Hughes, Stephen Ormsby 1924-2005

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HUGHES, Stephen Ormsby 1924-2005

OBITUARY NOTICE—See index for CA sketch: Born January 21, 1924, in Crosby, Lancashire, England; died June 27, 2005, in Rabat, Morocco. Journalist and author. Hughes was a foreign correspondent for various newspapers and agencies who lived and worked for over fifty years in the North Africa nation of Morocco. Losing his mother in a German air raid on Liverpool during World War II, he joined the Royal Air Force in 1942 and became a pilot. After the war, he found work as a reporter for the Stroud Journal, later also working for Kemsley Newspapers and, during the early 1950s, in Paris for the Continental Daily Mail. Hearing of a job opportunity with the Atlantic Courier in Morocco, Hughes won an assignment with this paper in 1953 and was stationed in Casablanca. He began to favor the people of Morocco, and decided to remain there for the rest of his life. He reported for the Atlantic Courier for the first ten years, then was a correspondent and bureau chief for the Reuters news agency through 1995. In his later years he also did freelancer work, sending in reports to the Associated Press, the New York Times, and, beginning in 1995, the British Broadcasting Corporation (BBC). Over the decades, Hughes saw Morocco gain its independence, reported on the assassination attempts against King Hassan II in 1971 and 1972, witnessed government oppression against that nation's people, and, finally in the late 1990s, saw the nation begin to come into its own. Hughes published a book about Morocco titled Morocco under King Hassan, in 2000, and also cowrote Guide to Morocco (1989). In addition, he released a book about his favorite avocation, fly fishing, titled Tight Lines and Dragonflies (1972); translated poetry; and wrote three radio plays for the BBC.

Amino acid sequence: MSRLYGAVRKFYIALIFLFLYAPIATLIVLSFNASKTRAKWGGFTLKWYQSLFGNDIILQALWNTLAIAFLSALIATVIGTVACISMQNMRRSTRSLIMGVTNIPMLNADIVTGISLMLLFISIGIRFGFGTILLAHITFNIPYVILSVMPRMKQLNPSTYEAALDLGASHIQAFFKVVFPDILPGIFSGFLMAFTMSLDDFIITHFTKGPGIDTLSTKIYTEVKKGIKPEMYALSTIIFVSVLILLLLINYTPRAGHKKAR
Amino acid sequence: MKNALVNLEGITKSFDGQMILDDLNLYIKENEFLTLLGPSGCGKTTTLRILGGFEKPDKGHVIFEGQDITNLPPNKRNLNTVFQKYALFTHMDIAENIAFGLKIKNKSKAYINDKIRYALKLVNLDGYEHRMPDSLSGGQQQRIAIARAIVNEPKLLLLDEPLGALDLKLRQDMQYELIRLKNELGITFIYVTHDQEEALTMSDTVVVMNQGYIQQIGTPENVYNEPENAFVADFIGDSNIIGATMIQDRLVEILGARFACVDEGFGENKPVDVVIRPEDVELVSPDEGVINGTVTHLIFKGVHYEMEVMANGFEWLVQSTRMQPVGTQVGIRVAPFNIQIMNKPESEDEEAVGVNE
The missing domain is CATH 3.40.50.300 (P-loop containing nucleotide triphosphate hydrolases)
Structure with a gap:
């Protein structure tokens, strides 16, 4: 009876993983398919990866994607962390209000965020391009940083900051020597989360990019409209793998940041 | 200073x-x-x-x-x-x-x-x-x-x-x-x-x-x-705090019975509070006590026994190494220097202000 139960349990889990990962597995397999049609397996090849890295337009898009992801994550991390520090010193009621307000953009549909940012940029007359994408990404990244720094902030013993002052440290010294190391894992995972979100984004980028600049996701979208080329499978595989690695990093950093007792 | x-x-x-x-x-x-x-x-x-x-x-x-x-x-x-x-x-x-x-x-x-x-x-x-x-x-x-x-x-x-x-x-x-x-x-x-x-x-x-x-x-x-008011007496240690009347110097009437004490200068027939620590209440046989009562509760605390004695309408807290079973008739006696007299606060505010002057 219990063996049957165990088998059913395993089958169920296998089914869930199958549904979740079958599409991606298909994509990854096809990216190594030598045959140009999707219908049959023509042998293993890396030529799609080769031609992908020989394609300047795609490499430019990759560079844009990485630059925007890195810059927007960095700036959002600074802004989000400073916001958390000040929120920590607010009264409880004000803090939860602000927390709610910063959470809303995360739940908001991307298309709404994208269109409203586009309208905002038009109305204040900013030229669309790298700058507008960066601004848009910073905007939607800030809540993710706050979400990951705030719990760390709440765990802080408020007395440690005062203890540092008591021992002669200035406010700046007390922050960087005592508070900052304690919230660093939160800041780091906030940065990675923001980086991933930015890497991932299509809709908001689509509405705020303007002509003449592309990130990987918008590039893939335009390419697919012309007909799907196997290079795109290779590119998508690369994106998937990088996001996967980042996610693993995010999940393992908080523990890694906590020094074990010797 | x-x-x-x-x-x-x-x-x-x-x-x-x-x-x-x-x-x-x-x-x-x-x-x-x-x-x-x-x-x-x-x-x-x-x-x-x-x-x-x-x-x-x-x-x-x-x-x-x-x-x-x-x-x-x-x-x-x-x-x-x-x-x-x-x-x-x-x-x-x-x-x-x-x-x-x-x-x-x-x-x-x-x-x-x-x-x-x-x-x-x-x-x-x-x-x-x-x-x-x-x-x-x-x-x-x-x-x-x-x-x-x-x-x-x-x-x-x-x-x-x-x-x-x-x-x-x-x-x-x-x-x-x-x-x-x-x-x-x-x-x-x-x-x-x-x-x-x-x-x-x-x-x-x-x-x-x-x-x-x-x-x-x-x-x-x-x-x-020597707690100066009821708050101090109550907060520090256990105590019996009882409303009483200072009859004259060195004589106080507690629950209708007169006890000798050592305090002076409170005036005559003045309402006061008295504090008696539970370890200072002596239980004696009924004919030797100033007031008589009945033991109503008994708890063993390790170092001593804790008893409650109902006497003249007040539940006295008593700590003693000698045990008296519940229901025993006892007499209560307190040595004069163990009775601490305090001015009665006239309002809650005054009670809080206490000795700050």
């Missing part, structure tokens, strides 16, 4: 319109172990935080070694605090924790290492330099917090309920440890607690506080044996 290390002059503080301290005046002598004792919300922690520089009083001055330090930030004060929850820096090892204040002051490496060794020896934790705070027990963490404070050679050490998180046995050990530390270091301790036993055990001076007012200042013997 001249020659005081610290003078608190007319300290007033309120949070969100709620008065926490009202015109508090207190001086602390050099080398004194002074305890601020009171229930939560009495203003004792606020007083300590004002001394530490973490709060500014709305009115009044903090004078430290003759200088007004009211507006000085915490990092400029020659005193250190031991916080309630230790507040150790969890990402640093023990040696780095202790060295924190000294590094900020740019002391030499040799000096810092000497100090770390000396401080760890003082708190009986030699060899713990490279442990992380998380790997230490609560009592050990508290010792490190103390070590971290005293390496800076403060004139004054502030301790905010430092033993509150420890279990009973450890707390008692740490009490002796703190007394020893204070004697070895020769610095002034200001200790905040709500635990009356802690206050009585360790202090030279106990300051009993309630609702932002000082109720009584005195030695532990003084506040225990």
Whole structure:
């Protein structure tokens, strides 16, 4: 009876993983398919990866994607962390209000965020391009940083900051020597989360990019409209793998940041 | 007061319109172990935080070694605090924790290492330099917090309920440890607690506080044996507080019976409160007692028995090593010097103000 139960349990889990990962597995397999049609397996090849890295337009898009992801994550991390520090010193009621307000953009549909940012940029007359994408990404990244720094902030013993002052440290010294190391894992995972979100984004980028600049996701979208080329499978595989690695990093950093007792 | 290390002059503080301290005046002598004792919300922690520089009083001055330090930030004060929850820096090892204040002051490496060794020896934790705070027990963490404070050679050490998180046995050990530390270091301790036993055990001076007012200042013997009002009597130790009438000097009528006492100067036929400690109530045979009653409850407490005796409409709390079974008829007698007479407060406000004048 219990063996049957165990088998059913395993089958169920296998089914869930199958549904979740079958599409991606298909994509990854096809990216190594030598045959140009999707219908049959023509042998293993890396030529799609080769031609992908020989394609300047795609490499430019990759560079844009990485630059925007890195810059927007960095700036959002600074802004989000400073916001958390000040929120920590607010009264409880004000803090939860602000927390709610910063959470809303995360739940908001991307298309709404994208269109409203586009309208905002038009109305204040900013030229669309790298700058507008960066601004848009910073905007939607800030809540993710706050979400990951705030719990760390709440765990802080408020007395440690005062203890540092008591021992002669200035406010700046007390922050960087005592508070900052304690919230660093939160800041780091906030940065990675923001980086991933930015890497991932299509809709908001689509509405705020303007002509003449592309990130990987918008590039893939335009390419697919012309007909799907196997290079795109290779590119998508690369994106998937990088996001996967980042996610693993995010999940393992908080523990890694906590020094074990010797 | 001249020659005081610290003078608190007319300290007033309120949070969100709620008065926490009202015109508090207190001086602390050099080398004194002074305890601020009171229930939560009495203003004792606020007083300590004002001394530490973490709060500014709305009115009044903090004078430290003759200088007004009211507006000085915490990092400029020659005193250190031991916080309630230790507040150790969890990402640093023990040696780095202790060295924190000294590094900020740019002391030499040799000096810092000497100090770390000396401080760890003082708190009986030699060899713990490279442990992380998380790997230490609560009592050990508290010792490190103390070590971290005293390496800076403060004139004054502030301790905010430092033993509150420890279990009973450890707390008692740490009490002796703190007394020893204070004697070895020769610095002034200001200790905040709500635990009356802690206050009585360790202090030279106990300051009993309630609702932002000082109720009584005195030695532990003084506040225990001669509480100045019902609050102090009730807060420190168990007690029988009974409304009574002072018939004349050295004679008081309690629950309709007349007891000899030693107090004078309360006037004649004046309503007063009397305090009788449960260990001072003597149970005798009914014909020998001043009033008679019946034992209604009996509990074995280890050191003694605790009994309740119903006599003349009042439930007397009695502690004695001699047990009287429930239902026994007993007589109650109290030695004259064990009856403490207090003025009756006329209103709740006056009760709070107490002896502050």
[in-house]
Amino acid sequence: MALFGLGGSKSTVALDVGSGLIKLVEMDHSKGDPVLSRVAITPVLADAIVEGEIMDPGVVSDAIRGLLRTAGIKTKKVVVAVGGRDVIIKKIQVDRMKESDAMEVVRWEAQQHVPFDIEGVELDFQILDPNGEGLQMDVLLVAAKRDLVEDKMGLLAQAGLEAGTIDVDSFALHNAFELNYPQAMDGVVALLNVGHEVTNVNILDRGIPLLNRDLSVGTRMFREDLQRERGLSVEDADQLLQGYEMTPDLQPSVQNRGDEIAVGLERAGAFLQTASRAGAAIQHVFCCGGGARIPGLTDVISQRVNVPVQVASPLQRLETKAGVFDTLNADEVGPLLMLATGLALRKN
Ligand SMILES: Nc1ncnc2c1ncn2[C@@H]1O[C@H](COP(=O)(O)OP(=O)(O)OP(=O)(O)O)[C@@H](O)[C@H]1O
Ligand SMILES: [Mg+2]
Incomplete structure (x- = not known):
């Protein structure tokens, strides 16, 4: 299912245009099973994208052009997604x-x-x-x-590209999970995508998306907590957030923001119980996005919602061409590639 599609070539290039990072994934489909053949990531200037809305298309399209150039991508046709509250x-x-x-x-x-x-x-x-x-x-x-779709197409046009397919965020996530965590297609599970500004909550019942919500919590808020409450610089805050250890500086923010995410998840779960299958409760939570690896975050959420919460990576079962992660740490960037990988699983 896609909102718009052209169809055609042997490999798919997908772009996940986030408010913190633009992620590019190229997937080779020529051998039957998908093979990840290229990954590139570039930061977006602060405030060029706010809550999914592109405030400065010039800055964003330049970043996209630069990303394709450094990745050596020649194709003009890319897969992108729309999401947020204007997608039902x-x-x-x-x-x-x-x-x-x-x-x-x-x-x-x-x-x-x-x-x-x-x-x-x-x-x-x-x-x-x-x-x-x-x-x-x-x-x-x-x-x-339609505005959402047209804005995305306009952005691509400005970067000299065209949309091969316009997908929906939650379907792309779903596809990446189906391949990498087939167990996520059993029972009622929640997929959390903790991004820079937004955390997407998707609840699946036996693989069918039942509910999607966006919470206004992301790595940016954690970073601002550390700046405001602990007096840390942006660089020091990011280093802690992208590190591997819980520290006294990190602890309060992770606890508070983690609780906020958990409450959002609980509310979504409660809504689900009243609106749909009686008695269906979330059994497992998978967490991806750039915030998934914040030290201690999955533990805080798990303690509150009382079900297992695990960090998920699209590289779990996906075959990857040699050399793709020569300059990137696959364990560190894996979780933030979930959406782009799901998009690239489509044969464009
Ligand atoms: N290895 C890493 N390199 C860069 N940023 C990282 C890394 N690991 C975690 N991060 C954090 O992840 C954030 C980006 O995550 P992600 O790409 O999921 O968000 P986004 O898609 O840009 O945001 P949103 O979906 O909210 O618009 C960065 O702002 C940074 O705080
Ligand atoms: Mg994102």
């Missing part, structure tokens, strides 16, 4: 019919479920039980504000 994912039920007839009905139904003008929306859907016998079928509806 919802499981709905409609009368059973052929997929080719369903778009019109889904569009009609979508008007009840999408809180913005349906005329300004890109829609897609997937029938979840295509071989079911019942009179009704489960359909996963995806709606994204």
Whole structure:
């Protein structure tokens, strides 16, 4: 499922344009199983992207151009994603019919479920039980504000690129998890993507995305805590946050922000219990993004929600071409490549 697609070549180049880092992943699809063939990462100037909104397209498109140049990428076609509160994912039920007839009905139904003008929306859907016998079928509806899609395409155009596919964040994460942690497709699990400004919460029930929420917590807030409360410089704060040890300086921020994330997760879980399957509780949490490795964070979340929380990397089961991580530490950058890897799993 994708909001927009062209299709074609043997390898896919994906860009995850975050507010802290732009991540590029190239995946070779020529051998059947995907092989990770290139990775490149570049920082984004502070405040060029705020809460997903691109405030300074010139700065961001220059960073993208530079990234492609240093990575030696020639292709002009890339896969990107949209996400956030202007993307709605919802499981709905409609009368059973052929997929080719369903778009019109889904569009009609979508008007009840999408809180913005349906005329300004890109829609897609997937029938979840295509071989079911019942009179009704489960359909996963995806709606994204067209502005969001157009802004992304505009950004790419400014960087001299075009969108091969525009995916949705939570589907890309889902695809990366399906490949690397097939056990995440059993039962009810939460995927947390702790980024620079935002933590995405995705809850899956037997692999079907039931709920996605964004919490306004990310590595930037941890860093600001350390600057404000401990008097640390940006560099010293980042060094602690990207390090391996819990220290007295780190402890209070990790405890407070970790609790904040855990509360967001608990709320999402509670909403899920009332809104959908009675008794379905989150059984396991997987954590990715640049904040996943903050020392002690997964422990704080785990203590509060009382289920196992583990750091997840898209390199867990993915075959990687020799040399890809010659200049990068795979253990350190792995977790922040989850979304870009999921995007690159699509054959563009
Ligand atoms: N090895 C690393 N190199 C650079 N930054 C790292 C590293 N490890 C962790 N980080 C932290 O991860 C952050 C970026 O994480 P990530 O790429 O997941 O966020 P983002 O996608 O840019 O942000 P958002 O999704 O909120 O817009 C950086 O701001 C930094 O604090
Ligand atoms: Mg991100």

Independent (London, England), July 2, 2005, p. 38.

Times (London, England), September 19, 2005, p. 56.